The fat burning zone is one of the most pervasive myths in the fitness industry that just won’t go away. Magazines constantly promote workouts in the fat burning zone as an effective way to burn fat and most cardio machines around the world have some type of sticker, or image clearly visible (see image to your right).
The idea is if you keep your heart rate in the “fat burning zone,” which is roughly 55% to 65% of your max heart rate, then you will magically burn more fat than at higher levels of exercise intensity.
Why work harder, when you can take it easy and burn more fat, right?
Well this, my friends, is why the fat burning zone myth is so attractive. The truth is at best, the fat burning zone is very misleading, and at worst, it’s complete misinformation.
This article will teach you 2 specific reasons why the fat burning zone is a myth so you can workout to optimally burn fat if that is your goal.
The Fat Burning Zone Confuses Absolute vs. Relative Fat Burn
To understand the fat burning zone myth, you need to understand how your body uses energy during exercise. To keep things simple, during exercise your body draws energy from two places: fat or glycogen stores. Glycogen is stored carbohydrates in your muscles and liver.
The fat burning zone was conceived because at lower exercise intensities more fat is burned relative to glycogen. Isn’t this awesome? Now you can hang out on the couch and lose a bunch of fat. I hope you are starting to smell something fishy with this idea of a fat burning zone.
At 50% of your max heart rate, your body burns a ratio of 60% fat to 40% glycogen. At 75% of your max heart rate, the ratio is 35% to 65%, and at even higher intensities, the ratio is even lower.1
So why the heck would you want to workout so hard if you burn so little fat?
The reason why is because it’s all about calories. You burn a lot more calories when you workout intensely than you do when you are sitting on the couch.
So here’s what the breakdown looks like assuming 30 minutes of exercise for a low vs. high intensity group. The high intensity group will likely burn double the calories as the lower intensity group, or 200 vs. 400 calories:
|30 Minutes of Exercise||Fat Calories Burned||Glycogen Calories Burned||Total Calories Burned|
|Low Intensity Group (50%)||120||80||200|
|High Intensity Group (75%)||140||260||400|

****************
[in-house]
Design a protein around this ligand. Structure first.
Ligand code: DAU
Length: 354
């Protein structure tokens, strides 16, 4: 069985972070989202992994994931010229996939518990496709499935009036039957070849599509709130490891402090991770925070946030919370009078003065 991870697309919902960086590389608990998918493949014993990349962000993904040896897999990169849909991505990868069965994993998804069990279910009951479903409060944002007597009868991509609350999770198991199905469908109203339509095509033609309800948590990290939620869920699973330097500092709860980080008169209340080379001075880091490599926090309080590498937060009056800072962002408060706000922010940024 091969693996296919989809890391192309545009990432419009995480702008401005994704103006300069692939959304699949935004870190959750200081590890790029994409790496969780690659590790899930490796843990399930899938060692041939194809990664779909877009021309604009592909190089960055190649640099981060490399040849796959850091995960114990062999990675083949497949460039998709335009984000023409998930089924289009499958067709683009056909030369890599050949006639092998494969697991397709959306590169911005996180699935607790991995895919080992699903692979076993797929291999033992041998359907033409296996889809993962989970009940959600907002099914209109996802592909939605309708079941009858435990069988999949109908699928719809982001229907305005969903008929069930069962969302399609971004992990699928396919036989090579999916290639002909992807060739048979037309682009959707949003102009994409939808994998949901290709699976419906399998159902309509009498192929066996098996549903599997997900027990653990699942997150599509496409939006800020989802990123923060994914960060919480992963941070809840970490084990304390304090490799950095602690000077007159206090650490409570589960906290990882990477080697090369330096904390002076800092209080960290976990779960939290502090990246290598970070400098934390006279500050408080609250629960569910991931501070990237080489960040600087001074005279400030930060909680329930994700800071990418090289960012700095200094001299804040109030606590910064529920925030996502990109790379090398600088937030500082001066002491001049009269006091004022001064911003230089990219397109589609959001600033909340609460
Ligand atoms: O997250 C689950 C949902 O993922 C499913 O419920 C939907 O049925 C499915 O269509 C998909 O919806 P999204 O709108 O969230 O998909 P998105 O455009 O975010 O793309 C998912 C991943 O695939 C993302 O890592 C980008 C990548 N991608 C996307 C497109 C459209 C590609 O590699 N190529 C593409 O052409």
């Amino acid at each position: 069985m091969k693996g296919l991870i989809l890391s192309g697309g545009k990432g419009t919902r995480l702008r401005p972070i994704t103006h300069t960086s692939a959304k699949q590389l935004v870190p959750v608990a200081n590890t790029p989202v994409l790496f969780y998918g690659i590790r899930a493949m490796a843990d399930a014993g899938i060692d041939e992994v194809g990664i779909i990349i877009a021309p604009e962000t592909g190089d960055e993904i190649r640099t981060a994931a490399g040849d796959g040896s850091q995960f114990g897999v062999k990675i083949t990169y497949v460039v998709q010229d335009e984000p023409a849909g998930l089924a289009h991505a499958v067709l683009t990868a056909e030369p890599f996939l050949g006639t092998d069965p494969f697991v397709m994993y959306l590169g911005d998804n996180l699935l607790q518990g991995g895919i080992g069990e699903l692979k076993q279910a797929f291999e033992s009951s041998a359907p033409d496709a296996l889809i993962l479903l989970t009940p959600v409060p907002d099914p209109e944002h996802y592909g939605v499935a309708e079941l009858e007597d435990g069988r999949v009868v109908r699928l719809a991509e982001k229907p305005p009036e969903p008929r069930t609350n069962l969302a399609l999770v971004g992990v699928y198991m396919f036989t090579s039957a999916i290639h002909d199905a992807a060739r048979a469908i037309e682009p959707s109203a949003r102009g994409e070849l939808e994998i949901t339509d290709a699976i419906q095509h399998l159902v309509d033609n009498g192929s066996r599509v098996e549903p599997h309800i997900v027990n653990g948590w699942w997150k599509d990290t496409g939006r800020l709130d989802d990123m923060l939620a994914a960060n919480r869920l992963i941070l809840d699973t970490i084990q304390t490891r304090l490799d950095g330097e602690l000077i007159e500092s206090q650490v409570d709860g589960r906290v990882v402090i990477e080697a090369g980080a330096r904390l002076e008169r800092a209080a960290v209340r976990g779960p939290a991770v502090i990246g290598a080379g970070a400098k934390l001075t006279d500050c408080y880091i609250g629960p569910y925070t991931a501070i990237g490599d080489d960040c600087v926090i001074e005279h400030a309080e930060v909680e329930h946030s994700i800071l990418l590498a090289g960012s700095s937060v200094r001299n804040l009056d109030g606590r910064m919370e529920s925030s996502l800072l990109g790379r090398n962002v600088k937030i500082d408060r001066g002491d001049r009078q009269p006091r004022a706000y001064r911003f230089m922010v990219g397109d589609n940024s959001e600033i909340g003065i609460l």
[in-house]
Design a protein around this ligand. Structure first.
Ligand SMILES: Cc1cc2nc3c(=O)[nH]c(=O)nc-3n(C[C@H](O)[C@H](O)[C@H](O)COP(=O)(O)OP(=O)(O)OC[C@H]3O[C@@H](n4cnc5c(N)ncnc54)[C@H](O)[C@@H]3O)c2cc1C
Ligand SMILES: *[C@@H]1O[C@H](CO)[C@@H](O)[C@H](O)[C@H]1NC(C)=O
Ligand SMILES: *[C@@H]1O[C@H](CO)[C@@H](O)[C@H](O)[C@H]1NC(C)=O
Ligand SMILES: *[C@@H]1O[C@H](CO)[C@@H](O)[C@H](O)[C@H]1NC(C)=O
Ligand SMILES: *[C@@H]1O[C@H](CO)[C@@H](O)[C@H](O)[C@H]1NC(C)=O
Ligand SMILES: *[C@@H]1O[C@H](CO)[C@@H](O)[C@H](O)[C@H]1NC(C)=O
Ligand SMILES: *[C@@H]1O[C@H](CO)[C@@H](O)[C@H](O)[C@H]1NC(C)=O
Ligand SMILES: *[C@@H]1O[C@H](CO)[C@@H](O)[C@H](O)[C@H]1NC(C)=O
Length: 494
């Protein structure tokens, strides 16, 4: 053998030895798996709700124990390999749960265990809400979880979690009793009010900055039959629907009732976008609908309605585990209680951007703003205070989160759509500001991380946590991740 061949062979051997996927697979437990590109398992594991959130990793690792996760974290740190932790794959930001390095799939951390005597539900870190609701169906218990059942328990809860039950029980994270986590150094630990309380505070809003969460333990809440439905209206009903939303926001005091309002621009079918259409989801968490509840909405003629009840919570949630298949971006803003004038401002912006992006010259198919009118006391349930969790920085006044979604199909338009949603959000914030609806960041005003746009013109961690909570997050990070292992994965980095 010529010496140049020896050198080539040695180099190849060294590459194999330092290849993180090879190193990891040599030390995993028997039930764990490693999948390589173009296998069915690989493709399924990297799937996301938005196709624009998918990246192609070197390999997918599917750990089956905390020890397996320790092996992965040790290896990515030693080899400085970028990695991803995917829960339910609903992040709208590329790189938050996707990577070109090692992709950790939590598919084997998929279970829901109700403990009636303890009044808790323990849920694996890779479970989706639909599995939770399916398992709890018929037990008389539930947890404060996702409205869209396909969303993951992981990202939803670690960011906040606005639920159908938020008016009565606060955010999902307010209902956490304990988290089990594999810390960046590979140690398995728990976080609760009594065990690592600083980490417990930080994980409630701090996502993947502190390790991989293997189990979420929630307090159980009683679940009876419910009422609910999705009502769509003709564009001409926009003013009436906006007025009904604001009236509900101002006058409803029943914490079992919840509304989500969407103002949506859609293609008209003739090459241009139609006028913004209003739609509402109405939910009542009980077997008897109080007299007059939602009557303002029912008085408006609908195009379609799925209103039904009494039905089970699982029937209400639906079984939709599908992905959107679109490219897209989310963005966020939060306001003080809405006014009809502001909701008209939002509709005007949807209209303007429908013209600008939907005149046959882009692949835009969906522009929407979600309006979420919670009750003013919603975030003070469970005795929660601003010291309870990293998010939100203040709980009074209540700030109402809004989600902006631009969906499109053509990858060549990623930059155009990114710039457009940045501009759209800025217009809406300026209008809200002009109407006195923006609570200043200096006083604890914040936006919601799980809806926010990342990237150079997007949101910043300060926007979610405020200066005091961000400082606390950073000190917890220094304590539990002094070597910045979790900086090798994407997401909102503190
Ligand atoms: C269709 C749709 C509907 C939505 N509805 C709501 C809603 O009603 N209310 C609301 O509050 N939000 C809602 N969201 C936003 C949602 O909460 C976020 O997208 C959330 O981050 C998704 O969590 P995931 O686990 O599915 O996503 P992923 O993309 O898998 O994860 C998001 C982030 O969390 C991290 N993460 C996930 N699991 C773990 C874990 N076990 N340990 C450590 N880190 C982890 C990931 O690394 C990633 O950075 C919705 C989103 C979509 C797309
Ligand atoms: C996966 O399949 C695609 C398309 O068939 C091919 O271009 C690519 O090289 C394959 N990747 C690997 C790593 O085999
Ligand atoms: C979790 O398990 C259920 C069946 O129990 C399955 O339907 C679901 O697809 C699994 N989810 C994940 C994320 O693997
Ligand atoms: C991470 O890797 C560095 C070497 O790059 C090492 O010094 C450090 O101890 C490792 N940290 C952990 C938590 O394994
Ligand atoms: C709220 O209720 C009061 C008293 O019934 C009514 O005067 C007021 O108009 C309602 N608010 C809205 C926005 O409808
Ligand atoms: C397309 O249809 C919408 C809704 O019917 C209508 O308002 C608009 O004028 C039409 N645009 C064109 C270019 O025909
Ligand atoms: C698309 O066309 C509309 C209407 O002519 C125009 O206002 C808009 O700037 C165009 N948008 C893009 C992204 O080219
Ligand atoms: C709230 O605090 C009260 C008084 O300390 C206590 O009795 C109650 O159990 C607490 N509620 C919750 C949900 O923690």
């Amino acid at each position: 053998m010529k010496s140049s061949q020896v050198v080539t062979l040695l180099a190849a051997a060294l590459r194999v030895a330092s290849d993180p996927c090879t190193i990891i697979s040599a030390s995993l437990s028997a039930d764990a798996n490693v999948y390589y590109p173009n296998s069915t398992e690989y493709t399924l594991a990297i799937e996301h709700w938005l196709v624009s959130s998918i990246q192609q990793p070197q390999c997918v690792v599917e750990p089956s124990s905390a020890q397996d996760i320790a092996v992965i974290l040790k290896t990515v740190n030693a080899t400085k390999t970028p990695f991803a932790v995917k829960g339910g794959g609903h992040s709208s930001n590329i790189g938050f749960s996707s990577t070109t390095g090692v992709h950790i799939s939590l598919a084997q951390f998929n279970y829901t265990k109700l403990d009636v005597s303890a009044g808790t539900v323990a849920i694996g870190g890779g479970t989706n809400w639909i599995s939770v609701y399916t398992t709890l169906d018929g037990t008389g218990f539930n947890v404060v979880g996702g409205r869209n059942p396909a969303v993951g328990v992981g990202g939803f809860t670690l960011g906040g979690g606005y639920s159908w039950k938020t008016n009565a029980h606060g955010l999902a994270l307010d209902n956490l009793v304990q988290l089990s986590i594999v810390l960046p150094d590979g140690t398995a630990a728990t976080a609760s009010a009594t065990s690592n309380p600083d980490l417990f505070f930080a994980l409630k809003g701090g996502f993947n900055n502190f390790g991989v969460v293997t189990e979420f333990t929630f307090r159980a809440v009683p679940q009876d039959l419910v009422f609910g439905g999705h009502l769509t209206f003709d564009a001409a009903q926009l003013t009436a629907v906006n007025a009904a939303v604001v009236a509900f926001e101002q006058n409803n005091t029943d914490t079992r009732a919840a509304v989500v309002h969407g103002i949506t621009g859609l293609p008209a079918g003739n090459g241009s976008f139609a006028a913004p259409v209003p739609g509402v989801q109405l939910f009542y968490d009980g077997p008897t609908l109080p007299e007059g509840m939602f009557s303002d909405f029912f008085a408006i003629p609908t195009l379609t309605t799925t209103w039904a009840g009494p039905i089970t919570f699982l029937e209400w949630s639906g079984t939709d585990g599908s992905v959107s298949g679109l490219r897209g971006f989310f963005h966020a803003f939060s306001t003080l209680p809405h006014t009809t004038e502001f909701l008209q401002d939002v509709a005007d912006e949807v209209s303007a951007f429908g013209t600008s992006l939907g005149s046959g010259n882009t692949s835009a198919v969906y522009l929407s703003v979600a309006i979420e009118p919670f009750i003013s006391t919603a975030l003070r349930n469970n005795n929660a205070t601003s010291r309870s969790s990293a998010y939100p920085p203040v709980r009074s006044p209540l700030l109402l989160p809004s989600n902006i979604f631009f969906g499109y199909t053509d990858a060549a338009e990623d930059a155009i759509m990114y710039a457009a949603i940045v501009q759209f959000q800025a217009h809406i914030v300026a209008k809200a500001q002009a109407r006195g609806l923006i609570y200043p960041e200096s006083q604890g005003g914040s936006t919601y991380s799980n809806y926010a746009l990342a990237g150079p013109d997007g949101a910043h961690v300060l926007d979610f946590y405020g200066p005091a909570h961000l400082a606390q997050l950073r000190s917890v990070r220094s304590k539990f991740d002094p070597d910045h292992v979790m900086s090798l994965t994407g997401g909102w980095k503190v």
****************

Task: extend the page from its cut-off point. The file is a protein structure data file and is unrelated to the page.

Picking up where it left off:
So now you can see you burn more fat calories at a higher exercise intensity than a lower exercise intensity (140 vs. 120) despite a smaller percentage of fat being burned. But I know you need more convincing because the higher intensity exercise represents only a 20% difference in fat calories burned for a 50% increase in intensity. Not a good tradeoff.
There is something important we are missing in these calculations, which you will learn in the next section.
The Fat Burning Zone Has No Afterburn Effect
When you exercise at low exercise intensities, you burn very few calories after the exercise is completed. When you exercise intensely such as during a HIIT workout, there is a metabolic disturbance that burns calories after the workout is completed. This is known as the afterburn effect.
Estimates of the afterburn effect vary wildly depending on the exercise method, the intensity of the workout, and even how its measured.
In a study by Dr. Christopher Scott and the University of Southern Maine, the total calorie burn of low intensity exercise vs. high intensity exercise was examined. A low intensity exercise group cycled at a steady rate of 3.5 minutes. The higher intensity exercise group required three 15 second sprints as fast as the subjects could run.
What was the difference in calorie burn? Quite substantial.
The cycling group burned 29 calories vs. 4 calories for the sprinting group during the exercise. But when you take into account the calories burned after exercise, or the afterburn effect, the numbers look much different – 39 calories burned for the cycling group vs. 65 calories burned for the sprinting group. A surprising 95% of the total calorie burn occurred after the sprinting exercise!2 Keep in mind the cycling group exercised for almost 5x longer than the sprint group (3.5 minutes vs. 45 seconds).
If this isn’t enough convincing, one study showed a significant amount of fat was broken down from fat stores in the muscle following high intensity cycling sprints.3 During high intensity exercise, you are burning primarily glucose, but after is when you burn the fat. This is the crux of the fat burning zone myth and the afterburn effect.
While low intensity exercise certainly has its place within an exercise regimen, relying on exercise in the fat burning zone to burn fat is not an efficient approach. Contrary to popular belief, getting up early in the morning to do low intensity cardio on an empty stomach will not help you lose more body fat versus other more intense methods. For busy people, interval training and circuit training workouts are substantially more efficient to help you burn far more calories in much less time, and burn more fat in the process.
With all that said, I highly recommend not relying on exercise to “burn fat” to get lean. In the context of a fat loss program, exercise helps you keep your muscle, stay fit, make modest increases to your metabolism, and burn some fat. Because it’s a scientific fact that you must eat less calories than you burn to lose fat, nutrition has a much more powerful impact on this equation and consequently, it should be your main focus.
- Source: Bryant, Cedric X. 101 Frequently Asked Questions about “Health & Fitness” and “Nutrition & Weight Control“. Sagamore Publishing, 1999. ↩
- Scott, Christopher. “Misconceptions about Aerobic and Anaerobic Energy Expenditure.“Journal of the International Society of Sports Nutrition 2.2 (2005): 32. BioMed Central. Web. ↩
- 3. Available at: http://www.builtlean.com/2011/06/29/afterburn-effect-of-exercise-qa-with-dr-christopher-scott-phd/. Accessed March 14, 2013. ↩